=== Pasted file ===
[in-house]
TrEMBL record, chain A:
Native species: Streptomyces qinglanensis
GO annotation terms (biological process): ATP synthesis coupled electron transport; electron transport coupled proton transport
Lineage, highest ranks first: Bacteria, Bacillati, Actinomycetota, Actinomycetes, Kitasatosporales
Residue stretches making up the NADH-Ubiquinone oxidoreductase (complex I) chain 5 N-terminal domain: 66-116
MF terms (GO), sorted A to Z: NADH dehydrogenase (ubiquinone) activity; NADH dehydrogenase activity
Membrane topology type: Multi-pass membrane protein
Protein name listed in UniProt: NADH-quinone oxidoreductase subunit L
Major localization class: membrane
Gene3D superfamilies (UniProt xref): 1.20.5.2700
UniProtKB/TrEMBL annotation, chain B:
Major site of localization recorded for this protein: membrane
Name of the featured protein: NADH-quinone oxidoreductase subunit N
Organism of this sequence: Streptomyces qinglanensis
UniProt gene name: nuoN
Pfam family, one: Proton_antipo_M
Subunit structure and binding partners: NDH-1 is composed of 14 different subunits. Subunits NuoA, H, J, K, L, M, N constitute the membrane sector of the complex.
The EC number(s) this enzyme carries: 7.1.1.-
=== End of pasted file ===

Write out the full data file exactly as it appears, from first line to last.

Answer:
[in-house]
TrEMBL record, chain A:
Native species: Streptomyces qinglanensis
GO annotation terms (biological process): ATP synthesis coupled electron transport; electron transport coupled proton transport
Lineage, highest ranks first: Bacteria, Bacillati, Actinomycetota, Actinomycetes, Kitasatosporales
Residue stretches making up the NADH-Ubiquinone oxidoreductase (complex I) chain 5 N-terminal domain: 66-116
MF terms (GO), sorted A to Z: NADH dehydrogenase (ubiquinone) activity; NADH dehydrogenase activity
Membrane topology type: Multi-pass membrane protein
Protein name listed in UniProt: NADH-quinone oxidoreductase subunit L
Major localization class: membrane
Gene3D superfamilies (UniProt xref): 1.20.5.2700
UniProtKB/TrEMBL annotation, chain B:
Major site of localization recorded for this protein: membrane
Name of the featured protein: NADH-quinone oxidoreductase subunit N
Organism of this sequence: Streptomyces qinglanensis
UniProt gene name: nuoN
Pfam family, one: Proton_antipo_M
Subunit structure and binding partners: NDH-1 is composed of 14 different subunits. Subunits NuoA, H, J, K, L, M, N constitute the membrane sector of the complex.
The EC number(s) this enzyme carries: 7.1.1.-